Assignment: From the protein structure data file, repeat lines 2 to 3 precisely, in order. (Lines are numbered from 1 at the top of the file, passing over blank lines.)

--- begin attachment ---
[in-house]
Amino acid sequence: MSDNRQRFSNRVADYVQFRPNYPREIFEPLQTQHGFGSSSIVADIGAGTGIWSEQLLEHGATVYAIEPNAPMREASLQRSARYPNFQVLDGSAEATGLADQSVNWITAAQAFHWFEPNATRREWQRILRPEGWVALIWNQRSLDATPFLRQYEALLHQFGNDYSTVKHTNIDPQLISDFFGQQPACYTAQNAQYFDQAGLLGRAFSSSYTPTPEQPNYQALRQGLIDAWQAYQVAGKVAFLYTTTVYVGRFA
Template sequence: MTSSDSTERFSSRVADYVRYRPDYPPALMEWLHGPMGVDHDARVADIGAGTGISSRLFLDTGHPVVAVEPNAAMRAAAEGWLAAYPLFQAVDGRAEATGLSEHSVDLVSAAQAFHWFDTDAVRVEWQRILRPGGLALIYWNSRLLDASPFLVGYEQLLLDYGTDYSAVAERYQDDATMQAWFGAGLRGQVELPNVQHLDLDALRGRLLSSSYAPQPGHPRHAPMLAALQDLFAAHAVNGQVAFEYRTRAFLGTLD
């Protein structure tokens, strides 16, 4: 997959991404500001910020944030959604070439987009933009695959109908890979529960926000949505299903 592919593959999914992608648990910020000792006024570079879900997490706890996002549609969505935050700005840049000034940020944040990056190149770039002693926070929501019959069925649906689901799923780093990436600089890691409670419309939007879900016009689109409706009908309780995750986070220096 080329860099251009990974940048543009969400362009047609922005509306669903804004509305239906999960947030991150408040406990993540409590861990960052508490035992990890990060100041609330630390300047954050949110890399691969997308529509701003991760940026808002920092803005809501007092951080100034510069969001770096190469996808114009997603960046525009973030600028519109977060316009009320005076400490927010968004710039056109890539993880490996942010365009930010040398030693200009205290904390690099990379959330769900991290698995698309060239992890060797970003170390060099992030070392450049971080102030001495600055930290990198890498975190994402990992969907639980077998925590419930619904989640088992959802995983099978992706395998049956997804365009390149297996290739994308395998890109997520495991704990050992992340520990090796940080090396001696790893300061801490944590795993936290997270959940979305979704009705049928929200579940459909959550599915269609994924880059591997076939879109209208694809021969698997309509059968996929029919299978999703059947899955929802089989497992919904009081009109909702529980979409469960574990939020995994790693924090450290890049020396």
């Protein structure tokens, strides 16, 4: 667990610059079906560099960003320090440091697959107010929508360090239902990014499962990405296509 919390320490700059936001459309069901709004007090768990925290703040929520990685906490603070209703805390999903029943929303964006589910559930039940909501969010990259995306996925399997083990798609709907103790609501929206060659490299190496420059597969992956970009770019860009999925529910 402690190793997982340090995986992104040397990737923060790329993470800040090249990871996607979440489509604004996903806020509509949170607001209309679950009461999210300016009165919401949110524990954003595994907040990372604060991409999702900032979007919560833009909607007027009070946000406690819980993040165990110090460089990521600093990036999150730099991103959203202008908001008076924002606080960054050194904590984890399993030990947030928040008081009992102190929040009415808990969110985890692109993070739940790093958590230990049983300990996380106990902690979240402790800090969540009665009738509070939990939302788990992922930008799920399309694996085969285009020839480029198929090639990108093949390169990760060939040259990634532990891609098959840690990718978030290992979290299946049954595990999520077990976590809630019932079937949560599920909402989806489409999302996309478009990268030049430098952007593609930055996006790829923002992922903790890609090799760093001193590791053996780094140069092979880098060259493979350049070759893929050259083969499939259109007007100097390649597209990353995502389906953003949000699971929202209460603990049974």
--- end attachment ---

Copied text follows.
Amino acid sequence: MSDNRQRFSNRVADYVQFRPNYPREIFEPLQTQHGFGSSSIVADIGAGTGIWSEQLLEHGATVYAIEPNAPMREASLQRSARYPNFQVLDGSAEATGLADQSVNWITAAQAFHWFEPNATRREWQRILRPEGWVALIWNQRSLDATPFLRQYEALLHQFGNDYSTVKHTNIDPQLISDFFGQQPACYTAQNAQYFDQAGLLGRAFSSSYTPTPEQPNYQALRQGLIDAWQAYQVAGKVAFLYTTTVYVGRFA
Template sequence: MTSSDSTERFSSRVADYVRYRPDYPPALMEWLHGPMGVDHDARVADIGAGTGISSRLFLDTGHPVVAVEPNAAMRAAAEGWLAAYPLFQAVDGRAEATGLSEHSVDLVSAAQAFHWFDTDAVRVEWQRILRPGGLALIYWNSRLLDASPFLVGYEQLLLDYGTDYSAVAERYQDDATMQAWFGAGLRGQVELPNVQHLDLDALRGRLLSSSYAPQPGHPRHAPMLAALQDLFAAHAVNGQVAFEYRTRAFLGTLD